Fed Rate Cuts Delayed: AI Stock Boom Is The Federal Reserve’s Unstated Reason


Federal Reserve Chairman Jerome Powell, at his latest news conference, offered at least five reasons why policymakers chose at their Jan. 31 meeting to punt on Fed rate cuts for a while. Yet he left out what may be the most straightforward explanation: the S&P 500’s historic AI-driven tear — and the risk of fanning the flames.




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One wise Wall Street veteran has no doubt that the rally led by artificial intelligence stocks such as Nvidia (NVDA) has gone far enough and lasted long enough that it has now become an important factor for Fed policy. And his contention is borne out by the Fed’s sudden circumspection over too-easy financial conditions.

« The Fed may not directly signal concern about a hot stock market, » strategist Ed Yardeni told Investor’s Business Daily, « but I think it is top of mind. »

Minutes of the January Fed meeting merely take note of new highs for the S&P 500 led by large-cap tech stocks, hinting that they’ve ascended to lofty valuations.

Yet Powell « has to be concerned about irrational exuberance and fueling it » with rate cuts, Yardeni said, using former Fed Chair Alan Greenspan’s catchphrase from 1996, early in the dot-com boom.

The Greenspan Fed made the mistake in 1998 of overreacting to the fallout from overseas currency crises with several rate cuts, which helped inflate an S&P 500 bubble. That led to a dizzying crash.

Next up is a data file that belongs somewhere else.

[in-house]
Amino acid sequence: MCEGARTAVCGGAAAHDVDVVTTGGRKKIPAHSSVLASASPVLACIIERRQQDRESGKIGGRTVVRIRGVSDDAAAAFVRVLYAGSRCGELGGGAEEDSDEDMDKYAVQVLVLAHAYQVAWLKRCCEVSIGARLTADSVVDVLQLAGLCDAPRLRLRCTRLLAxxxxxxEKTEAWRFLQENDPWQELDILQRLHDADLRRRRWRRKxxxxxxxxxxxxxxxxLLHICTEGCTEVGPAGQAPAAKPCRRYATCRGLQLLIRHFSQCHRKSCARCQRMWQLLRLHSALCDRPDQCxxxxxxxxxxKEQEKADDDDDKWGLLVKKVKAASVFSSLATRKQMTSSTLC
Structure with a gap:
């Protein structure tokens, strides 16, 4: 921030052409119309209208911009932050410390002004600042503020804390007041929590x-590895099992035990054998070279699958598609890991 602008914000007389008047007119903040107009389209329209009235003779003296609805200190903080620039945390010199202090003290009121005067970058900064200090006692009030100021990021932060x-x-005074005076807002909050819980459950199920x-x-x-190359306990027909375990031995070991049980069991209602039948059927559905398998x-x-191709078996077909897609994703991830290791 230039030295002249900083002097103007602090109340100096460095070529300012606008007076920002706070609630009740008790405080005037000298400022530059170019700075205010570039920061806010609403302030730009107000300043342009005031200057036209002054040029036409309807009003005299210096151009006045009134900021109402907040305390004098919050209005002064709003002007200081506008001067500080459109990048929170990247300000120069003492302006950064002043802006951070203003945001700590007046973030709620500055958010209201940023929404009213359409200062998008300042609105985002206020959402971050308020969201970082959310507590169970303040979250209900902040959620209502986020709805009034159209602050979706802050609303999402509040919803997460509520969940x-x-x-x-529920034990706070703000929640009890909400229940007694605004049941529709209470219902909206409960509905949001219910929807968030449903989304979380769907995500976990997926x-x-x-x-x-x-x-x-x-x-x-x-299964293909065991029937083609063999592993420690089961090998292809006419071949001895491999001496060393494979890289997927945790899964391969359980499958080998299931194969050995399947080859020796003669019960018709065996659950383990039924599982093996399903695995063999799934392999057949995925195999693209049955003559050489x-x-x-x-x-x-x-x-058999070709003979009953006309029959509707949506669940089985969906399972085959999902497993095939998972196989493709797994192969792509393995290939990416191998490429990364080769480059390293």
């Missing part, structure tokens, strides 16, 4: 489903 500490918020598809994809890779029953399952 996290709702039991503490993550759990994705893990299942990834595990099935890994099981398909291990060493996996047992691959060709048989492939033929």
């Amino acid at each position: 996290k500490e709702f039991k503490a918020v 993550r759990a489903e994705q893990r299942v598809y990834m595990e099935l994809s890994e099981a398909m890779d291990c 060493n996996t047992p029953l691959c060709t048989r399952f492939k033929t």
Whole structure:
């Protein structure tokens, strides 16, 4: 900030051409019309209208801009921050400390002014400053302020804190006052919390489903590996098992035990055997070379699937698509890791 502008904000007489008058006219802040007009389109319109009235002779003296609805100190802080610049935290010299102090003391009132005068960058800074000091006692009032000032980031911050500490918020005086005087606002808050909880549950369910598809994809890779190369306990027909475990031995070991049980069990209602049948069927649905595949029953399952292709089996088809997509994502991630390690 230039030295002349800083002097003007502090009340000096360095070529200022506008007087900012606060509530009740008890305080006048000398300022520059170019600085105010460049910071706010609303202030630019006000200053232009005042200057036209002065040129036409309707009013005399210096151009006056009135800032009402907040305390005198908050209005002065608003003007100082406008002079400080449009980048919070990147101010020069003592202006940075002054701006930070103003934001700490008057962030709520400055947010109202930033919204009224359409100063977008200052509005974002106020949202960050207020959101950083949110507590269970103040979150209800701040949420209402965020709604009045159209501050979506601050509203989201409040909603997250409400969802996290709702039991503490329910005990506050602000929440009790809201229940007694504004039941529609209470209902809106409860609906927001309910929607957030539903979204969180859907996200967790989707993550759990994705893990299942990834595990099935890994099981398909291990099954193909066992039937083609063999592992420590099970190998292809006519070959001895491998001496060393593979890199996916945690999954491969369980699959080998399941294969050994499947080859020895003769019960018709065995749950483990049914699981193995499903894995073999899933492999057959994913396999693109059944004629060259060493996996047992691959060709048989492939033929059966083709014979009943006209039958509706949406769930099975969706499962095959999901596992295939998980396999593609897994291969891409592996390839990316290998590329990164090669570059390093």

Now, the Powell Fed, having set the stage for rate cuts, appears wary that it might feed an S&P 500 melt-up akin to the late 1990s. That might turn the expected soft landing into a boom and bust.

That unease arose over mere weeks. At its Dec. 13 meeting, the Fed was at peace with surging stock prices. By the Jan. 31 meeting, policymakers saw them as a big enough inflationary threat that they decided to put a leash on the S&P 500 — and the economy.

That’s not to say that the Fed will keep the S&P 500 from rising — or that it even wants to. But further gains may come at a cost — higher Treasury yields and delayed rate cuts. That would make for a harder climb for stock prices and raise the risk of backsliding.

Fed Rate Cuts Pushed Back

After the Fed penciled in three quarter-point cuts for 2024 in December’s quarterly projections, Wall Street went into the January meeting seeing a March rate cut as likely and a May cut as a slam dunk. And why not?

Keep in mind that as of Jan. 31, the hot CPI and PPI reports for January were still a few weeks away. Seven months of benign inflation data had seen the Fed’s primary measure, the core PCE price index, sink to less than 2% at an annualized rate.

fed rate cuts forecast 2024 chart

So when the Fed said on Jan. 31 that it would hold off on rate cuts until policymakers had « greater confidence that inflation is moving sustainably toward 2 percent, » markets initially interpreted it as a slight delay — not a possible change in the path to much lower rates.

Yet the formal shift in the Fed’s bias from tightening to easing overshadowed other messaging that seemed to strike a less-dovish posture.

The first sign was the Fed dropping the assessment that in its policy statement that « tighter financial and credit conditions » likely would restrain hiring and inflation.

The omission of tight credit conditions suggested that the Fed no longer sees the potential for bank fragility as a key concern in setting its policy rate, despite ongoing concerns about commercial real estate loans.

That might signal that the Powell Fed has learned from the Greenspan Fed’s mistakes and won’t unnecessarily ease policy to combat financial disarray if it means letting its guard down against a potential asset bubble.